(b Vienna, May 16, 1889; d London, Sept 25, 1972). British music publisher of Austrian birth. He graduated in law at Vienna University, gaining the doctorate of letters in 1913. In addition he studied music under Guido Adler. His career in music publishing started in 1909 when he joined the young and enterprising Viennese firm Universal Edition, where he became associated with some of the seminal figures of the earlier part of the 20th century, Schoenberg, Berg, Webern, Bartók and Janáček. In April 1923 he founded the Wiener Philharmonischer Verlag, an independent company in which Universal Edition was a shareholder. It was purchased by Universal in 1925 and Kalmus returned to his old firm. Driven by political events to leave Austria, he went to London in 1936 and inaugurated the London branch of Universal Edition. He was actively concerned in running this branch up to his death, his publishing career thus spanning well over 60 years....

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W. Thomas Marrocco and Mark Jacobs

(b Vienna, Austria, Dec 15, 1893; d New York, NY, April 30, 1989). American music publisher. He founded his firm in New York in 1926. With his son-in-law, Lawrence Galison, who became the vice president and manager in 1961 and later chairman of the board, the firm began printing its own music, established an art and camera department, and later added a complete bindery; it is one of the largest self-contained publishing houses in the United States. Kalmus publishes orchestral music, as well as music for piano, organ, and solo instruments, and reprints of standard classics. With the exception of its orchestral department, Kalmus was purchased by Belwin-Mills in ...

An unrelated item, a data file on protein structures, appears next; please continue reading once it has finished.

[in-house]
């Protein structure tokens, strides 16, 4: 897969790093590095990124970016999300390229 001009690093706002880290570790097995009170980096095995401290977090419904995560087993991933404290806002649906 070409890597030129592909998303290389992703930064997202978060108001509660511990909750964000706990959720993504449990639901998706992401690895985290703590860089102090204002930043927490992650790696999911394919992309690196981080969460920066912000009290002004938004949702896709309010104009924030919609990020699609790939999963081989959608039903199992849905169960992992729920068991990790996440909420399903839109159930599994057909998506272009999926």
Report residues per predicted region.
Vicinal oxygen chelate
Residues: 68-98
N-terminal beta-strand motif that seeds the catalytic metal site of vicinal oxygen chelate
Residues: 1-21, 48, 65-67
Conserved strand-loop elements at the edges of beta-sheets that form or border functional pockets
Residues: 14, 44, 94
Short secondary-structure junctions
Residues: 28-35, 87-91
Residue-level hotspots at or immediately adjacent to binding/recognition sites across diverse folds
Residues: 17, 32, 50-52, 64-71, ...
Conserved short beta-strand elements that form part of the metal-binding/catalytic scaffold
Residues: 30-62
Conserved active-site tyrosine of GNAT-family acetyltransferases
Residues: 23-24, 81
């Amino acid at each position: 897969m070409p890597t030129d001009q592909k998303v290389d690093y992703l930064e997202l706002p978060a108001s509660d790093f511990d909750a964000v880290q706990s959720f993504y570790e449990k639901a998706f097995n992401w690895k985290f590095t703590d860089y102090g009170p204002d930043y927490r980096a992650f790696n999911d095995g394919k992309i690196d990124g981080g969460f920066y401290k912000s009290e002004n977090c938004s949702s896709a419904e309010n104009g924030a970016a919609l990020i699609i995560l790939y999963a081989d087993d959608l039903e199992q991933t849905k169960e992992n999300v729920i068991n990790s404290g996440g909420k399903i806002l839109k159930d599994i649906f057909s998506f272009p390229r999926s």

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Stanley Boorman and Susan Jackson

(bap. Nuremberg, Feb 29, 1568/9; bur. Nuremberg, 1632). German printer. One of ten children of Johannes Kauffmann and his wife Veronica (née vom Berg), he was the grandson of Katherina Gerlach and the heir, through his mother, to his grandmother’s firm, previously known as that of Berg and Neuber.

He had worked in his grandmother’s printing house from the late 1580s (although not in the early 1580s, as some writers have indicated). After Katherina Gerlach’s death in 1592, her will, dividing the firm between her two daughters, Katherina Dietrich and Veronica Kauffmann, was contested. In 1594 the legal dispute was resolved; Veronica Kauffmann’s part of the firm, which included the printing house, formally became Paul Kauffmann’s in 1595. There is no mention of the firm in Nuremberg documents between 1617 and 1632. After Kauffmann’s death in 1632, the firm apparently passed to David Kauffmann, one of his younger brothers, who is however listed in the city’s documents only as a bookseller, not as a printer....

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Kornel Michałowski

(b Zduny, Poznań, 1770; d Warsaw, Feb 6, 1830). Polish bookseller and publisher. From about 1816 he managed a music bookshop in Warsaw which sold Polish and foreign music and also engravings of composers and virtuosos. Later he established a publishing house, at first adopting the old engraving techniques but turning gradually towards lithographic processes. His firm was, beside Antoni Brzezina's, the most important music publisher in Warsaw up to 1830. He published works by many Polish composers, including Elsner, Kurpiński, Józef Stefani and Damse, and piano miniatures, arias and opera excerpts from abroad; he also produced several educational books. After his death the firm was taken over by his nephew Ignacy Klukowski (1803–65), who directed it until 1857.